In a press release issued at the end of September, the Central Bank of the Bahamas announced the “gradual national phase-out” of its central bank digital currency, the “Sand Dollar”.
With a government and public services that will accept Sand Dollar payments as early as 2021, the Bahamas joins a long list of countries that are experimenting with technology that has the potential to address inclusion concerns and provide unbanked citizens with access to a range of financial services.
Aimed at individuals, the Sand Dollar project will begin on October 20 in the Exumas and Abacos Islands. This initiative is intended as a continuation of the Bahamas Payment Systems Modernization Initiative (PSMI), which began in the early 2000s and will be carried out in several phases through Authorized Financial Institutions (AFI).
Initially, the deployment of this digital central bank currency will focus on the private sector such as commercial banks or credit companies, and will be limited to only three types of accounts, all of which will be subject to the KYC process.
Then, starting in the first quarter of 2021, the deployment will be intensified to enable the Bahamian government and public utilities to accept the Sand Dollar.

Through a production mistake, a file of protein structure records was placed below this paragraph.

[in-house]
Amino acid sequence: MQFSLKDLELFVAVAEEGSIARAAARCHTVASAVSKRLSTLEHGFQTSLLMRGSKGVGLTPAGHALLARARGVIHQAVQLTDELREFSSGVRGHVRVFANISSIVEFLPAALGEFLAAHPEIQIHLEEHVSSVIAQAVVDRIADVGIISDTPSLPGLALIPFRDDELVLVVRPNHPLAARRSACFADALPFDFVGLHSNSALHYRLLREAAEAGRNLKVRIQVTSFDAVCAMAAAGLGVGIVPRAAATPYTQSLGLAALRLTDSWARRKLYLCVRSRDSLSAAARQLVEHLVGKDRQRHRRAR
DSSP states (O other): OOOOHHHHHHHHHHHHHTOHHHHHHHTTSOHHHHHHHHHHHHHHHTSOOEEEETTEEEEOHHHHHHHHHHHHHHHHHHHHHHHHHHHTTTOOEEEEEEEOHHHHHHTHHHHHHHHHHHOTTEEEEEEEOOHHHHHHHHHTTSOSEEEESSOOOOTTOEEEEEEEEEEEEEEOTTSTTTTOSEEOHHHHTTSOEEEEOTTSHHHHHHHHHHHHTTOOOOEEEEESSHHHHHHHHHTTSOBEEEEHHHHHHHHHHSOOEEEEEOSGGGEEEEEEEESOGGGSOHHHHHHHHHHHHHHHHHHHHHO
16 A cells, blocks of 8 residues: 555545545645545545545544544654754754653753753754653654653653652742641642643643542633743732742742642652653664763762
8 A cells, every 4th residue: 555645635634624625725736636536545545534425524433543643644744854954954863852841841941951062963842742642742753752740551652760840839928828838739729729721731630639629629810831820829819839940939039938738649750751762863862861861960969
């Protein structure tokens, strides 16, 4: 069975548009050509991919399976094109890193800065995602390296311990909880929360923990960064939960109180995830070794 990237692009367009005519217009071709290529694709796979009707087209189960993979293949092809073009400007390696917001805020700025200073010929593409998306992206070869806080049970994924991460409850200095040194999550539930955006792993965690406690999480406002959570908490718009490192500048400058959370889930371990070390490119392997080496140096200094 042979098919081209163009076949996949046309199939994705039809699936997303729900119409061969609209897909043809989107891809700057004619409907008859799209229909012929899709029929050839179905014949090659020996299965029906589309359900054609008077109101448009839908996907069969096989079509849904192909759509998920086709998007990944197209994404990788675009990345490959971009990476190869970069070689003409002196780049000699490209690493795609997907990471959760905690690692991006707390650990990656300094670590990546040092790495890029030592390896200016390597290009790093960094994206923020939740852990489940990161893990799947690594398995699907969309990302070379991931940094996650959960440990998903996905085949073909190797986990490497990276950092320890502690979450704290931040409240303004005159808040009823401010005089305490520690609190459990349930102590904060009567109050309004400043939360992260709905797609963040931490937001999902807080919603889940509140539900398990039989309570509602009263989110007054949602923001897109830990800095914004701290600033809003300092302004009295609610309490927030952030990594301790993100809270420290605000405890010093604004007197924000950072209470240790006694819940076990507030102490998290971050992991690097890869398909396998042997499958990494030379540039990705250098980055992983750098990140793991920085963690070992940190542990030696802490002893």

This initiative aims to provide greater financial inclusion to the people of The Bahamas, including improved access to payment services and other financial services.
The Sand Dollar project will also be based on a broad marketing and prevention campaign to better educate residents about cybersecurity and to enable Bahamians to learn the right financial behaviors to adopt.
In other regions of the world, we can also cite the laudatory words of Christine Lagarde last week, following the ECB’s October report on a digital Euro, or the promising signs of the Digital Yuan in China, which has already been used in 3.13 million transactions, corresponding to 162 million dollars in transactions during its pilot program between April and August.
It would appear that financial institutions around the world are now taking this technology very seriously. The excitement is such that, Jay Clayton, the SEC’s chief executive, announced last week that it would not be surprising if stocks all became tokenized in the future.
So all of these initiatives are great news for cryptocurrencies and the blockchain as a whole. For example, the CBDCs will make it easier for holders of crypto-assets to bridge to cash, and will probably simplify access to crypto-assets for many people.
It seems that it is only a matter of a few years before CBDCs are born, and that cryptocurrencies holders will be able to easily exchange their cryptocurrencies against any kind of assets (fiat, stocks…) using the blockchain.